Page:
Jan Van Eyck is known as one of the most influential Northern European painters of the 15th century. Van Eyck was Dutch, born in the province of Limbergin, in the region between the Netherlands and current day Belgium. As influential as he may be little is known about his life before becoming a painter. It is believed that he was born sometime during the 1390s, coincidentally his year of birth is often recorded as 1390. Van Eyck died in 1441, and in his sixty one year career he completed fifteen paintings. Though more famous Jan Van Eyck had a brother by the name of Hubert Van Eyck. Over the years the two would collaborate on many paintings. The often case was Hubert would start a painting, and then Jan would finish it. An example of this would be The Ghent Altarpiece, which Hubert began in 1425, and Jan later finished seven years later.
There is a reason for Van Eyck being such an important painter. Van Eyck was one of the first to use one layer of tempera, and then one layer of oil. This is important because at this time oil paint was a new medium, that was just being introduced.Van Eyck is a pioneer of oil painting, he perfected the newly discovered technique. Discovering many limitless effects possible within it, such as the technique known today as glazing. It was widely known that Van Eyck was more than capable of expressing virtually any emotion in his art. In addition to his paintings Van Eyck took pride in his framework, being one of the few painters to sign and date his frames, which were considered as important as the painting it framed.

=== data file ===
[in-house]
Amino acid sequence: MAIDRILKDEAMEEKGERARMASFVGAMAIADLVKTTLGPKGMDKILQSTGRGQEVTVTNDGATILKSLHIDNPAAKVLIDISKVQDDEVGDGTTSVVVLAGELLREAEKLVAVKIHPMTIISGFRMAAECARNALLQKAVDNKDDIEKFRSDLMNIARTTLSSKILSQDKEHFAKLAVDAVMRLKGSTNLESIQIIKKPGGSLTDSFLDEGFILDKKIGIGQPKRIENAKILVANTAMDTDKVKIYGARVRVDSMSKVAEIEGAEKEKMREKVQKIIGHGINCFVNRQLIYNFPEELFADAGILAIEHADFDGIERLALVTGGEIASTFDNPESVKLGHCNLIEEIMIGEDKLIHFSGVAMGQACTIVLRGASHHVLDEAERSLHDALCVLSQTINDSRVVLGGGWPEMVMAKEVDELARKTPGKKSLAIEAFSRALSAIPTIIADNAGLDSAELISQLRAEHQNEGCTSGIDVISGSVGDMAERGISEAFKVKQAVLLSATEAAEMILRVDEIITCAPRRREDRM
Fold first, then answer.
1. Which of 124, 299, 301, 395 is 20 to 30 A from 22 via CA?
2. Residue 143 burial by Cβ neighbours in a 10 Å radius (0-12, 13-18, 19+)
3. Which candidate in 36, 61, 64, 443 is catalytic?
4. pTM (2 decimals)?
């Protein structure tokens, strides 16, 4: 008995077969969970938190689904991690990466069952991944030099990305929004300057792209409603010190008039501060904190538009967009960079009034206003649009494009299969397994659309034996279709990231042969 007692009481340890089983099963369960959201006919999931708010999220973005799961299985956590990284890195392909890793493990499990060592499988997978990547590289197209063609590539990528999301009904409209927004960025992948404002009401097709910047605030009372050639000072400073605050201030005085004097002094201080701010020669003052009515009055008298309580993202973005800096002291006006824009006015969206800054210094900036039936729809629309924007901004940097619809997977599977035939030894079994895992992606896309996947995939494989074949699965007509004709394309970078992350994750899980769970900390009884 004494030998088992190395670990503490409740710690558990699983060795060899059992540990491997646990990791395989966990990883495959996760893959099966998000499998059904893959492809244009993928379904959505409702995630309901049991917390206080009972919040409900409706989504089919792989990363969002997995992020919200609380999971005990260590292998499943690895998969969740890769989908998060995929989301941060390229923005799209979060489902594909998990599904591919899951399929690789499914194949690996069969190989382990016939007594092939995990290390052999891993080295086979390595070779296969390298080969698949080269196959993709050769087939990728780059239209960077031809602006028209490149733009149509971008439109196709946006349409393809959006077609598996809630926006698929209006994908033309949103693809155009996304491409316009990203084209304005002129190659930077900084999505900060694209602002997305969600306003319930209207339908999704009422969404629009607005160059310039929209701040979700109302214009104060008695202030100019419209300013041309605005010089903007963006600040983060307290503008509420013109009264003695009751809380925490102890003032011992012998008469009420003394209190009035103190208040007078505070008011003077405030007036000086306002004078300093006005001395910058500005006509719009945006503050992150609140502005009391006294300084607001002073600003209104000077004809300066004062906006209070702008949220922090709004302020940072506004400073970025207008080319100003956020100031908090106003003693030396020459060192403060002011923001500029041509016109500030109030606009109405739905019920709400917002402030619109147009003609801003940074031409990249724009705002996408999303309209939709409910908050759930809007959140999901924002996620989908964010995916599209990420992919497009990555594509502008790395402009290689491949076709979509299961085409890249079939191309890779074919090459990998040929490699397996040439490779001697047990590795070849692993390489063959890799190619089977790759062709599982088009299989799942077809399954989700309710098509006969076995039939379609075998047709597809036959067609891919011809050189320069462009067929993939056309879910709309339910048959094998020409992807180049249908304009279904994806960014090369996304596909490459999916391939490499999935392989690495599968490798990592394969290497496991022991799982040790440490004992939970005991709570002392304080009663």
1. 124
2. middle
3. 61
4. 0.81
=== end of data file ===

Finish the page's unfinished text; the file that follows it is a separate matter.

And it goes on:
Van Eyck made paintings for both private clients, and the court, he produced works for Philip the Good, and the Duke of Borgonga. Van Eyck’s skill was unquestionable and it showcased best both technically and conceptually in his most famous painting Giovanni Arnolfini and his Bride, which he finished in 1435. Symbolism was a driving focus of this work, and the perspective of the piece was also used to help decipher the symbolic elements in the piece. The Last Judgement, another collaborative work with his brother Hubert, was another painting filled with meaning. To the Van Eyck brothers the painting meant, “The end of time when the dead rise from their graves, and are judged”. Van Eyck used the Baroque style of painting to create Man in Red Turban. The sitter is thought to be Jan Van Eyck himself, due to the strain put on the eyes, this strain would make one believe that was in fact caused by looking into a mirror. Seeing his work, and knowing the significance of his role on the development of the oil as a medium, it’s not hard to see why Jan Van Eyck is considered one of the most influential painters of his time.